Boston, MA -- The Global Fund to fight AIDS, tuberculosis, and malaria was launched in 2002 to attract and rapidly disburse money to combat these three diseases. During creation of the fund there was considerable debate about the capacity of developing countries, particularly low-income nations, to spend substantial new resources for health effectively -- referred to as absorptive capacity. To date, the Global Fund has made $4.4 billion in commitments to 128 countries and has disbursed $1.8 billion.
Researchers from Harvard School of Public Health (HSPH), led by Research Associate Chunling Lu, set out to make a quantitative assessment of the countries' implementation of grants using extensive data on grant disbursement available publicly on the Global Fund's website. The authors note that the fund has committed itself to a very high level of transparency in its grant-making and financial disbursements, making this assessment possible.
The researchers' independent analysis of grant use in 86 countries found that, counter to prevailing notions, low-income countries are the most likely to rapidly use grants from the Global Fund. The grants are subject to strict reporting procedures for disbursement, with the fund making payments four times a year based on quarterly achievements defined in grant agreements. Countries with higher incomes or more-developed health systems were more likely to let funded grants languish. Implementation of grants was also strongly related to a country's political stability.
The findings are published in the August 5, 2006 issue of The Lancet.
The study is the first quantitative analysis to explore the effect of certain grant characteristics -- the type of primary recipient, the local fund agent and country attributes -- on grant disbursements, said Catherine Michaud, a co-author and senior research scientist at HSPH. The paper's other authors are Kashif Khan, research assistant; and Christopher Murray (senior author), Richard Saltonstall Professor of Population Policy at HSPH, all affiliated with the Harvard Initiative for Global Health.
Countries with low income and low health spending had higher rates of grant use than countries with higher income and more developed health systems. In International dollar terms, which take into account relative purchasing power, going from an income per capita of $1,000 (such as in Mozambique) to $2,000 (such as in Yemen) is associated with approximately a three percentage point reduction in grant execution rate.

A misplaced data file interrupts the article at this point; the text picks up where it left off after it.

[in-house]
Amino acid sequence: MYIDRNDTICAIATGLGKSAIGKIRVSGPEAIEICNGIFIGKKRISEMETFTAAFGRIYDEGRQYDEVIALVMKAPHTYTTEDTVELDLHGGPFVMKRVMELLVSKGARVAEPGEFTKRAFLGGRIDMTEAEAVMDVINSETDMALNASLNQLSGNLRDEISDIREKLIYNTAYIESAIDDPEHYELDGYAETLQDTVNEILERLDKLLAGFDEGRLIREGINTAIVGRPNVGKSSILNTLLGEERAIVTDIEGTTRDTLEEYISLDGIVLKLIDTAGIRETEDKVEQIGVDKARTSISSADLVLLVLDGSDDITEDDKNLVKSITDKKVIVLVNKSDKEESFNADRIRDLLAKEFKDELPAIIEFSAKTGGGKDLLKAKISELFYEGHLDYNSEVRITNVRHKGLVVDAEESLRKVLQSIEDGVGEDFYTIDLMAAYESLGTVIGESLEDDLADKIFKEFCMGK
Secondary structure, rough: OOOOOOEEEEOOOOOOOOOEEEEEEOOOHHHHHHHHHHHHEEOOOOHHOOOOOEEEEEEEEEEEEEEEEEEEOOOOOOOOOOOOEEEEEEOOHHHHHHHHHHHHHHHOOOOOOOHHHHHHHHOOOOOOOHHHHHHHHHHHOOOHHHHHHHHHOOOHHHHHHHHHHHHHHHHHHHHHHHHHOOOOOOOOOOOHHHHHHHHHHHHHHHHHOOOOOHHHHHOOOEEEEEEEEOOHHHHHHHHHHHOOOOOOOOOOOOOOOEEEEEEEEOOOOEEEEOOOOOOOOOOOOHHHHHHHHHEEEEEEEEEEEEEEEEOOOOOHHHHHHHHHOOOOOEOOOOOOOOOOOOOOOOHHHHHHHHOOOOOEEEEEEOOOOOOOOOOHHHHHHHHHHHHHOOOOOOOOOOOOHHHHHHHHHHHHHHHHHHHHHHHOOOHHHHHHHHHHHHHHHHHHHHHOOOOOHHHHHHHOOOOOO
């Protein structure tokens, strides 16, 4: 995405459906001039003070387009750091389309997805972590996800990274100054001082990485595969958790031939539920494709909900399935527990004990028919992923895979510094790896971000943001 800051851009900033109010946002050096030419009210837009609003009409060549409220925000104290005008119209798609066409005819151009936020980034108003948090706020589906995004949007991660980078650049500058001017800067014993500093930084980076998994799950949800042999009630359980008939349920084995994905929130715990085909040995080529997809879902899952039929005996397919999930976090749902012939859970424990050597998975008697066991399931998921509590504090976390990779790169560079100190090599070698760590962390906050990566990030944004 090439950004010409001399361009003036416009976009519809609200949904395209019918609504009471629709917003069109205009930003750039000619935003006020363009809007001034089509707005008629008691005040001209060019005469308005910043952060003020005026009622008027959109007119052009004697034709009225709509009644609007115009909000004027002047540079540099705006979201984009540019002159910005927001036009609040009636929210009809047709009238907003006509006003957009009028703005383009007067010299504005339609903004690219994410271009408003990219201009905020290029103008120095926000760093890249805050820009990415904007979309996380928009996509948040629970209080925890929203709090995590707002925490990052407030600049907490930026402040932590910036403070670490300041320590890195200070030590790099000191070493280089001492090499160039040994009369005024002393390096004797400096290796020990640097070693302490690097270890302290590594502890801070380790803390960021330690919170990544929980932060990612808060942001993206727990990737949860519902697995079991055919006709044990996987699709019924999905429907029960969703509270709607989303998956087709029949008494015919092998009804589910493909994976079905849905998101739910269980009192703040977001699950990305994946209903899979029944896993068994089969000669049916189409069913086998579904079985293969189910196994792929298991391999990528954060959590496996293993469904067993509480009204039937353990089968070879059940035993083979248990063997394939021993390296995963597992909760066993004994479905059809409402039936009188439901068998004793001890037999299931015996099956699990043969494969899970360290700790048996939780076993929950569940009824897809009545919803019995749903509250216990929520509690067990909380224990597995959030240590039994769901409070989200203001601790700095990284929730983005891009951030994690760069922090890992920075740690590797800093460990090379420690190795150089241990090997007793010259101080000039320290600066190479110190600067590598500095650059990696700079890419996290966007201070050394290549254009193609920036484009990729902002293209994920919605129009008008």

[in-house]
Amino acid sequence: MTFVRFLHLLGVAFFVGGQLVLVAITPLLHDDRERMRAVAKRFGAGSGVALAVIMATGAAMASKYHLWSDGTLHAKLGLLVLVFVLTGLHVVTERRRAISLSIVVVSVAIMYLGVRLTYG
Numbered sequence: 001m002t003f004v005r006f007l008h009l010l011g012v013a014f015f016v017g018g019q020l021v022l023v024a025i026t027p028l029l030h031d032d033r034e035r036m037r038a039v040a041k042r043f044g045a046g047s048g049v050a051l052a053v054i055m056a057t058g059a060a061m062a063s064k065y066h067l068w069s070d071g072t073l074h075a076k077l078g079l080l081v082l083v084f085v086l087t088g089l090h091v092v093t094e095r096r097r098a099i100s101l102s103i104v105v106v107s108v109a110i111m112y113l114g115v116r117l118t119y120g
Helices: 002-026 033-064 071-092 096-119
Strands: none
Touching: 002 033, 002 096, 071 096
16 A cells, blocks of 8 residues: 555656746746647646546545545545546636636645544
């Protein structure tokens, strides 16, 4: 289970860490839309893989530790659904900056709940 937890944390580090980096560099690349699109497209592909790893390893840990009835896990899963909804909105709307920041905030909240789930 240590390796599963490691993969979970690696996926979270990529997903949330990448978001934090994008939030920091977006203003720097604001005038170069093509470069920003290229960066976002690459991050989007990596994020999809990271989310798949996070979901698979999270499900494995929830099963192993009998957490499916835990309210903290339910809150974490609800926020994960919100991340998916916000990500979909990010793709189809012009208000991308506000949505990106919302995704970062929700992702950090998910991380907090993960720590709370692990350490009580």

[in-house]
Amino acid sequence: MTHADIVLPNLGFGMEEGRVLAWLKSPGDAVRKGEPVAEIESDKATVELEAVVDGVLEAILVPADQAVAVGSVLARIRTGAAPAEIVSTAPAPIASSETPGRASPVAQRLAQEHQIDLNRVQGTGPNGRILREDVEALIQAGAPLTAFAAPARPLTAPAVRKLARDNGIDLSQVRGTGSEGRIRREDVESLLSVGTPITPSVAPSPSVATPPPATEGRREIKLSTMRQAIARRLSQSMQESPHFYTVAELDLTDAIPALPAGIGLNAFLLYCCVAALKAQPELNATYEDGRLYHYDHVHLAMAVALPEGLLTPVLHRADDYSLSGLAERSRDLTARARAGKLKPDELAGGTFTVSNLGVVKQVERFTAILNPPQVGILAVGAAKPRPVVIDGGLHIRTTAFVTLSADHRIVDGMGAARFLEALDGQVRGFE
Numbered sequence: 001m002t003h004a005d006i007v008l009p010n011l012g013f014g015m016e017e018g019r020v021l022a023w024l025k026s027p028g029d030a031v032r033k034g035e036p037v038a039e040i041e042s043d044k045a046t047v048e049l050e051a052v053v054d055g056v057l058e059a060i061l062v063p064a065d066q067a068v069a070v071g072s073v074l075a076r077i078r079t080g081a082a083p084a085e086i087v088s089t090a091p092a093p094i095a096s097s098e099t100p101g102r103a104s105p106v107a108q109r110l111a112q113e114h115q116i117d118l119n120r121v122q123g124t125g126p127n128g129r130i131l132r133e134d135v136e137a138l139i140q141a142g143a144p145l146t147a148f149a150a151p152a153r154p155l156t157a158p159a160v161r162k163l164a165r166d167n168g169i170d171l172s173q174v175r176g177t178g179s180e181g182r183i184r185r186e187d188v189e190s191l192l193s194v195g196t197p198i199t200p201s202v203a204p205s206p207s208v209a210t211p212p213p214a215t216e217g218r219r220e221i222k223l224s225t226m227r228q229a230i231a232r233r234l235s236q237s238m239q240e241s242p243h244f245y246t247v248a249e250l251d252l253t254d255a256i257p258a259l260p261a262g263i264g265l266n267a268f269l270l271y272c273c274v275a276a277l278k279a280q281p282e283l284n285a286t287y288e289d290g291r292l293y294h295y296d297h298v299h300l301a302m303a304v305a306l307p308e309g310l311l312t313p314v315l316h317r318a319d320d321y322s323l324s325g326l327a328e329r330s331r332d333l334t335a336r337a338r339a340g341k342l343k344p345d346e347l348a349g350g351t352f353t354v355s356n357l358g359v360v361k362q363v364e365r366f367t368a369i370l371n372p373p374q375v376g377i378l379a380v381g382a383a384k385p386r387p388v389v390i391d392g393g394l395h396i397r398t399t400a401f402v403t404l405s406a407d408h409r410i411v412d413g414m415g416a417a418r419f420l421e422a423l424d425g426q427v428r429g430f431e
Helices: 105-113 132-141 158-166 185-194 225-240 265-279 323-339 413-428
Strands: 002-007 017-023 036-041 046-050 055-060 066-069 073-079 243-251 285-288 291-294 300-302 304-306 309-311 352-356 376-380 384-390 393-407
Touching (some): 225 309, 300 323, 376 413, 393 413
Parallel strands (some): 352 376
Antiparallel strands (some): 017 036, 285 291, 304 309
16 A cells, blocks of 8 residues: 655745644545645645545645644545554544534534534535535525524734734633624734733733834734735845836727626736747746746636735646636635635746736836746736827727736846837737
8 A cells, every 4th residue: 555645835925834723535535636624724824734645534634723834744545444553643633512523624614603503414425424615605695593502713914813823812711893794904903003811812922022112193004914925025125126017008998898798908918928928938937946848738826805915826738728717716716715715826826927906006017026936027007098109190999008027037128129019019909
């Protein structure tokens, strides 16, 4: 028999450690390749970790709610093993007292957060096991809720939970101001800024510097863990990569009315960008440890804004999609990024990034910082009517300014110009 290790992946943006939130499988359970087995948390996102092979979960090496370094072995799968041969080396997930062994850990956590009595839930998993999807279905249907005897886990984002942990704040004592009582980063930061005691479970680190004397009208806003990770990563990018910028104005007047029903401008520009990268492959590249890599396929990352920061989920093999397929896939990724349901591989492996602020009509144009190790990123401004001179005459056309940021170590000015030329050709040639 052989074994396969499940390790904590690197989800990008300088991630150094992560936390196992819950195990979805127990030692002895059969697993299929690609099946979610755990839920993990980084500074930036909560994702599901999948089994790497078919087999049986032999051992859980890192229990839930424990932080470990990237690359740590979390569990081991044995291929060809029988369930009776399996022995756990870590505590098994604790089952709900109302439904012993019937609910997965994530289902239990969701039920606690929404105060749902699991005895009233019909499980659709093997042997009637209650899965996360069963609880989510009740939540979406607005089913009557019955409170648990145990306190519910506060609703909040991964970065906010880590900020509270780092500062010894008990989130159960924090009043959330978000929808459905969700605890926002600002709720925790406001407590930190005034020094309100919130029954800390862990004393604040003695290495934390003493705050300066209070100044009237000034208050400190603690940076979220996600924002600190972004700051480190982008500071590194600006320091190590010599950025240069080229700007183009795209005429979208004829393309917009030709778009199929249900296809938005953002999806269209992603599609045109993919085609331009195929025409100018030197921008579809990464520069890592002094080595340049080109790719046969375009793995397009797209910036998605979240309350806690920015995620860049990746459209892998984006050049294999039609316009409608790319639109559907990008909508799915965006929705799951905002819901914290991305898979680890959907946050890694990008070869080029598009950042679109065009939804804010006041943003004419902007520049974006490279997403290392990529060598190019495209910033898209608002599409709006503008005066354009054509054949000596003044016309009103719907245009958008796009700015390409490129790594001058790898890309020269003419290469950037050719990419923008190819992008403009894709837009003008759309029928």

Addressing the question of whether selection bias might have been introduced in the Global Fund's application process, the researchers point to the wide range of grant recipients included in their analysis -- particularly the lowest income countries in sub-Saharan Africa (37 countries) -- to argue against this hypothesis.
Another interesting finding was that, compared with government recipients (usually either Ministries of Finance or Ministries of Health), private-sector recipients had a 7.4 percent higher level of grant implementation. Private sector groups in this analysis were faith-based organizations, non-governmental organizations and private entities.
Disbursement of funds or grant implementation is one way to begin to evaluate the impact of the Global Fund, said Michaud, but it will be critical in the future to analyze the effects of these grants on actual prevention and treatment coverage.
This research study was sponsored by the Harvard Initiative for Global Health.
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